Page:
Solutions: Event designer tells a story with his work
For the recent Detroit Institute of Arts Gala, the iconic museum was transformed by the legendary David Monn, a New York-based event and experience producer with David Monn LLC known for his ability to design for the senses.
As Monn explains, we are the culmination of our senses and our body works not by our brain, but by how the senses are connected beginning with the sense of smell, then sound followed by sight. “This happens in a split second,” he says. “Without that sequence, it’s not a journey.”
As we become engaged, touch and taste complete the circle.
For events, he takes the basic principle and puts it with the purpose, like a birthday or a wedding. “It has to be rooted in something real,” he says. “There is never a theme, but there is absolutely a story and the story is epic.”
Telling your story will take you someplace, says Monn. “When you have the occasion, the purpose and the person and connect all those dots, it always resonates because you’re telling a story that is true from beginning to end,” he says.
At the DIA, the challenge was where to host a party for 750 people when no one room in the museum has that capacity.
Everything came together after meeting with director Salvador Salort-Pons, who wanted to showcase the DIA as the center and heart of the community by turning the museum into the Town Square of Detroit, which would be the first time an event would make use of the entire space including the galleries.
Though his events can take as much as a year of planning only to be over in a matter of hours, they’re incredibly rewarding, says Monn, who counts this occasion among the highlights of his career.
While he first visited the Motor City only a few years ago, Monn’s already a big fan. “There’s extraordinary culture in Detroit and it’s now able to reinvent itself by the passion and the vision and the people,” he says.
For inspiration, he turned to the city’s French roots, which made him envision the European salons where intellectuals came together for enlightenment. Each gallery was furnished with pieces to suit the period and style of the featured collections to feel that connection to the art in a more livable environment.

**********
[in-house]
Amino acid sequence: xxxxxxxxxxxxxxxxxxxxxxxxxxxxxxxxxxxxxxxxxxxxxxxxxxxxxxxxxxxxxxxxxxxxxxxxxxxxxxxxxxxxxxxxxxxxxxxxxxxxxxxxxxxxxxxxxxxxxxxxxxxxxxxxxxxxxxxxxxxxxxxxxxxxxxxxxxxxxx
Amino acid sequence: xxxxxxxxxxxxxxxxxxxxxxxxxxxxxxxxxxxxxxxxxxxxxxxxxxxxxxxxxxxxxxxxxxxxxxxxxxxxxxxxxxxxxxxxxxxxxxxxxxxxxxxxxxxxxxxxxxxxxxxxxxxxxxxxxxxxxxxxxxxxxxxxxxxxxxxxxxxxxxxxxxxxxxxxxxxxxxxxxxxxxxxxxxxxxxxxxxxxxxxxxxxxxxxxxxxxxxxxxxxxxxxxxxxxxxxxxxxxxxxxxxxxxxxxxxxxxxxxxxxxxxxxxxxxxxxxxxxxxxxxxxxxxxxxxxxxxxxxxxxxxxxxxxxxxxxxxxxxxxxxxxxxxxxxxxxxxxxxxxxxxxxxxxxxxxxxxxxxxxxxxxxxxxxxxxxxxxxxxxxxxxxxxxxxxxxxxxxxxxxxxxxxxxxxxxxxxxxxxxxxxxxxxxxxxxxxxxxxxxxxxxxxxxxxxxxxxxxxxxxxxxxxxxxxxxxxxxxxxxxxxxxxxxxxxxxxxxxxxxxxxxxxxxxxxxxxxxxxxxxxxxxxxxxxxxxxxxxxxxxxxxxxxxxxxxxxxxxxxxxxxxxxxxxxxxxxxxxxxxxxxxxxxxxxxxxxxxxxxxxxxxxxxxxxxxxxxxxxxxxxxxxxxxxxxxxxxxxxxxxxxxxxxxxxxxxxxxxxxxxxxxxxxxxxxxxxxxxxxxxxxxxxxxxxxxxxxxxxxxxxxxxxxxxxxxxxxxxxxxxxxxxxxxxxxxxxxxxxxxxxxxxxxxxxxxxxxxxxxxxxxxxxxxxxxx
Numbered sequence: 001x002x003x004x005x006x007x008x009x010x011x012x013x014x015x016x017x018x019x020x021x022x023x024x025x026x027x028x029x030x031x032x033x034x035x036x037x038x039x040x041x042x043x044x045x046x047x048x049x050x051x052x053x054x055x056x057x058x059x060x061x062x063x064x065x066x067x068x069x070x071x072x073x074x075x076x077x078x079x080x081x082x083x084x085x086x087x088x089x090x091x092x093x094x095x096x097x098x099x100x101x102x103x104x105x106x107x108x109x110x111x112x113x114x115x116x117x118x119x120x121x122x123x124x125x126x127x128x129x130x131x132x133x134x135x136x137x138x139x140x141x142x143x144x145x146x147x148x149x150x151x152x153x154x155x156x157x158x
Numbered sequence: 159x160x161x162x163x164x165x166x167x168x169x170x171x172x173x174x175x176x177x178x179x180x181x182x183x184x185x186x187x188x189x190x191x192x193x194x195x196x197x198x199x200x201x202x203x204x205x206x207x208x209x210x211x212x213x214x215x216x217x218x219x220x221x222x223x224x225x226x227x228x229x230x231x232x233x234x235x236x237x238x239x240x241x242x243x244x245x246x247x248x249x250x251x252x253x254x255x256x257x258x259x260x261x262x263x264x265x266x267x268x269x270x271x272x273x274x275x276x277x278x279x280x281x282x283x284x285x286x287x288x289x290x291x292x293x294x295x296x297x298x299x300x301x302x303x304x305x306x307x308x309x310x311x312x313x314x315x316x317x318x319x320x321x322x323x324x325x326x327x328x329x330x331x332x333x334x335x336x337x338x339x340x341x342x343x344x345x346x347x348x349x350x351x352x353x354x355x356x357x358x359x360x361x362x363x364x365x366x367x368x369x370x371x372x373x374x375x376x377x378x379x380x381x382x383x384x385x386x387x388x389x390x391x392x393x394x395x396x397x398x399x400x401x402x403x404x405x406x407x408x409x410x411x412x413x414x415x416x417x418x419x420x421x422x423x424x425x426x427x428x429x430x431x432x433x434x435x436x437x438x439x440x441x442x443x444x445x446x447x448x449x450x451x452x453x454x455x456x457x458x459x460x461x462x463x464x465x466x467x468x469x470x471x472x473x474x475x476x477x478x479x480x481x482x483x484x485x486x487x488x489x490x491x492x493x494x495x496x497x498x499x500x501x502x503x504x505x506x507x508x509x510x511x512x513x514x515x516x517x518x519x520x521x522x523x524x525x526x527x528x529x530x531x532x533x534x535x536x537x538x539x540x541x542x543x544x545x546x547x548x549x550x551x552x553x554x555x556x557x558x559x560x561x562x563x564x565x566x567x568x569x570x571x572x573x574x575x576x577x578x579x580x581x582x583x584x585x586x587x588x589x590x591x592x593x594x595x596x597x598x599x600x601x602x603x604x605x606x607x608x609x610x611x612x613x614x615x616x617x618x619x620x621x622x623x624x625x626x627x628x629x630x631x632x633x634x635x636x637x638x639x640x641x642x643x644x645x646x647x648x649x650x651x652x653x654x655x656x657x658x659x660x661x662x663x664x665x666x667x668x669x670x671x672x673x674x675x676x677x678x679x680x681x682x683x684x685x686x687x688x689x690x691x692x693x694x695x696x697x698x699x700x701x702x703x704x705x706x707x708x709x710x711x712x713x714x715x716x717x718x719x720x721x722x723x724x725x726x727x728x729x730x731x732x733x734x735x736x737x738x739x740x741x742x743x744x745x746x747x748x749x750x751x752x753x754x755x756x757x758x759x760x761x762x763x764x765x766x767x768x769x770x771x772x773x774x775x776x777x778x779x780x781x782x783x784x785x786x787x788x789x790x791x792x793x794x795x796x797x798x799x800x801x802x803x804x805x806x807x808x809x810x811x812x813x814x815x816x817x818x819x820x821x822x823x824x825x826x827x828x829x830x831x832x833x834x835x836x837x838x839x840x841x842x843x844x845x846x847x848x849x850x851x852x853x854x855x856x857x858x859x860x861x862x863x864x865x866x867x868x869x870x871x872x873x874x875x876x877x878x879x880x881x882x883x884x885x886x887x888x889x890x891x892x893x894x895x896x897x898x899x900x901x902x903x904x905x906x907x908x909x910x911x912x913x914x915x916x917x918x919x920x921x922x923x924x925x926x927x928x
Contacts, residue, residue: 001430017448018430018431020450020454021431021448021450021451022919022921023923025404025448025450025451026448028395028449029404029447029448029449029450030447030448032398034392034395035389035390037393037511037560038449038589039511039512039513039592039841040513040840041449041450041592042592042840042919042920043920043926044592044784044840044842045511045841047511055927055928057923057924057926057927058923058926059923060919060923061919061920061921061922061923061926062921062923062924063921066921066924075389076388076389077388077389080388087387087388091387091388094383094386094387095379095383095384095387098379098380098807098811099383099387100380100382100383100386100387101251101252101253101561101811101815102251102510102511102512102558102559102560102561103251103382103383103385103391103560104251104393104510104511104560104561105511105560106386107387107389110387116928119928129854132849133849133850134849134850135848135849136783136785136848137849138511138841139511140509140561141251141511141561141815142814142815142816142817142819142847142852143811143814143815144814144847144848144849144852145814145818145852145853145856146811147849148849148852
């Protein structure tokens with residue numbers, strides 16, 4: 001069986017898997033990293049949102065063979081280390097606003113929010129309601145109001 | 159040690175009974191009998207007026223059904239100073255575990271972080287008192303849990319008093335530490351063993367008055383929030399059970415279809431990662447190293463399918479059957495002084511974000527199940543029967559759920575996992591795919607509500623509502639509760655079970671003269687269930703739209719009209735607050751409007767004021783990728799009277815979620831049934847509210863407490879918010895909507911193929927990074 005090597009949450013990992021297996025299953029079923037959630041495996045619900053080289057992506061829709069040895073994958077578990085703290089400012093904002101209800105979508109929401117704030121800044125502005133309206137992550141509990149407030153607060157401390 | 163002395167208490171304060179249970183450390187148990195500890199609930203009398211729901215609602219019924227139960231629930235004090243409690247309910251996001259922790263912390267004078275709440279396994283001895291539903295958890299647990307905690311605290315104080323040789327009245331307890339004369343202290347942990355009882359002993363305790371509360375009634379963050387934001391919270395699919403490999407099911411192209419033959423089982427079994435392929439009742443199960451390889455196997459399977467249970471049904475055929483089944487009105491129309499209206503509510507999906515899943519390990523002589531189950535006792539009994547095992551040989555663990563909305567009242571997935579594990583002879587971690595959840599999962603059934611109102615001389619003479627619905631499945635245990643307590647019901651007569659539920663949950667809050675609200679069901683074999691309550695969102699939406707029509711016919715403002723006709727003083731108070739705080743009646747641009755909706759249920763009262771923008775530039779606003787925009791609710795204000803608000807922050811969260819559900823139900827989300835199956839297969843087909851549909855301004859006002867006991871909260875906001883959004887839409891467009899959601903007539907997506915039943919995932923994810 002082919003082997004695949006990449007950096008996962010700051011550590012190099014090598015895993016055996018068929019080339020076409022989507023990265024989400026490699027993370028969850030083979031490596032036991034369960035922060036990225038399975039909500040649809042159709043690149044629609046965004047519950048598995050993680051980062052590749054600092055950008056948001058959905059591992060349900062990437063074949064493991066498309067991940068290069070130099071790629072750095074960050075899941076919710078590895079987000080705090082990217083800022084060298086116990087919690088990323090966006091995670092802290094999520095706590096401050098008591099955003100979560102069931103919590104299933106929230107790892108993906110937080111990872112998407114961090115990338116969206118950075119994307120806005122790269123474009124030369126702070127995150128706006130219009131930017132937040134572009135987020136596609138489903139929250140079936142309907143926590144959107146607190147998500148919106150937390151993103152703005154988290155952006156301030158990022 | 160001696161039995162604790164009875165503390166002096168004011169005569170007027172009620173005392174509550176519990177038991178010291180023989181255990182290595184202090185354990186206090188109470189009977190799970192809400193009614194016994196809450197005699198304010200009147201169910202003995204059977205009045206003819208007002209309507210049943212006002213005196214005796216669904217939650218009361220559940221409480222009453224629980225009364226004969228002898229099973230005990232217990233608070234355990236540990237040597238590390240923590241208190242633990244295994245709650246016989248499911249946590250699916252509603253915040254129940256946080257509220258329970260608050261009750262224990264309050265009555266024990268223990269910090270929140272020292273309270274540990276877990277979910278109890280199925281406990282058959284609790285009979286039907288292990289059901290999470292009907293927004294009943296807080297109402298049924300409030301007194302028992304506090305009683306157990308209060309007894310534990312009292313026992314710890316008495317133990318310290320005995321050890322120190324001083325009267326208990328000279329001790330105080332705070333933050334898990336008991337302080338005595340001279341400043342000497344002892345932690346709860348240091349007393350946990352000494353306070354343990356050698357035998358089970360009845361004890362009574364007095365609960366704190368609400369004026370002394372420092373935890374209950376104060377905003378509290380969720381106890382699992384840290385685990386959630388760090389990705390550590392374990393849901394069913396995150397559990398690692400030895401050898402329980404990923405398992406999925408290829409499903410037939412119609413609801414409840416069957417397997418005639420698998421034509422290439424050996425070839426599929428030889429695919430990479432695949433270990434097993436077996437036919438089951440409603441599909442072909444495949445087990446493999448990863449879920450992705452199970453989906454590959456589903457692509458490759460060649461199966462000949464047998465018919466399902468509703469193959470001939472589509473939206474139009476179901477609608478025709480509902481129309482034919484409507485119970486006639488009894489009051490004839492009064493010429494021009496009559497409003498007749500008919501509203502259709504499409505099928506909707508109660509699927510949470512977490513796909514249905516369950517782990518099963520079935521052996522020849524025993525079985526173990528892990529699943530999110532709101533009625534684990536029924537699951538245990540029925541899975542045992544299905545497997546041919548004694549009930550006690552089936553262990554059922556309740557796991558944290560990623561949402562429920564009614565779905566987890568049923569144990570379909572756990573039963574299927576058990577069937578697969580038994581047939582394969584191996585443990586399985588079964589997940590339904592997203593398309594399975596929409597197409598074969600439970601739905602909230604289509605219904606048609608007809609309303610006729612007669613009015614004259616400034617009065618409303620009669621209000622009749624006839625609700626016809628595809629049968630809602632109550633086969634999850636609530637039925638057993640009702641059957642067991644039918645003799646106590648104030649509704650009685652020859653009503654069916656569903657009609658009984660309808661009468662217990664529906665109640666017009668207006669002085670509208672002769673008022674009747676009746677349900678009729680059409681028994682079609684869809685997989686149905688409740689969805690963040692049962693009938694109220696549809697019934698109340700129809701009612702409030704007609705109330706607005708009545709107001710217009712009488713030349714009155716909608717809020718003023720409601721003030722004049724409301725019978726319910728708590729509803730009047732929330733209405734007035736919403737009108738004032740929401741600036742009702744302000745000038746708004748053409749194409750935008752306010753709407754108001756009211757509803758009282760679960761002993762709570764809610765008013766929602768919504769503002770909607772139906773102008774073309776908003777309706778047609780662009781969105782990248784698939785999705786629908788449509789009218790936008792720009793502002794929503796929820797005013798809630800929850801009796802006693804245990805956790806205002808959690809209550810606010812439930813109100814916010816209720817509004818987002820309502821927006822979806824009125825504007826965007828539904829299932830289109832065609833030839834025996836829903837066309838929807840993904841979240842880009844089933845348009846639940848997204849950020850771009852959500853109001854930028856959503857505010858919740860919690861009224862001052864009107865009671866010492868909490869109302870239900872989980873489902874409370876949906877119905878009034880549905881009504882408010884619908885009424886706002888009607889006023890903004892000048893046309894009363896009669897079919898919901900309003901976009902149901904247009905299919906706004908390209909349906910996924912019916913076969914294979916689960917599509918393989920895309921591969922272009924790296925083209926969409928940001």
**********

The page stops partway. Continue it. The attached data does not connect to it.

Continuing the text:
“The art was not originally created for a museum, it was created for living,” he says. “To actually be able to feel that again brought the museum to a different level.”
For the gala, the Great Hall became a Town Square where there was an initial hint of jasmine fragrance. “The Town Square was where you would bring your trials and tribulations and work it out, and then you triumph, you rejoice,” he says.
Bells were an underlying element throughout the night. In addition to providing a familiar sound, they’re considered a symbol of hope, says Monn. The Capital City Ringers handbell ensemble from Lansing was among the entertainment.
People danced until midnight at the annual fundraiser that was a big success.
Upon entering the Great Hall, guests were greeted by life-size trees and string lights that illuminated the space. The right scale was essential for the 58-foot ceiling, says Monn, “If you don’t do it, everything feels weak. When you do, all feels calm and natural. The scale is kind of grand, but not grand.”
Because Monn prefers to stay pure to the season, fruits and vegetables made an appearance in lieu of flowers.
From the catering, to materials and services like lighting and sound that were sourced from a number of local companies, Monn says it takes a Herculean effort to bring everything together. He has nothing but praise for those who contributed to the magical evening, like the five women co-chairs he calls “extraordinary.”
For those looking to enhance their homes for the holidays, Monn says he has always been about simplicity. “It doesn’t mean it doesn’t exist, it just means you’ve edited,” he says.
“I’m a monochromatic kind of thinker. I love the use of metallic, but not in glitter and glitz. I love silver and gold and doing it en masse versus in bits and pieces,” says Monn who’s all for spray painting artificial elements in, say, five different shades of gold or even gray for a chic feel that works for any occasion.
For information, go to davidmonn.com. To check out David Monn on Instagram, go to @david_monn.
Jeanine Matlow is a Metro Detroit interior decorator turned freelance writer specializing in stories about interior design. You can reach her at firstname.lastname@example.org.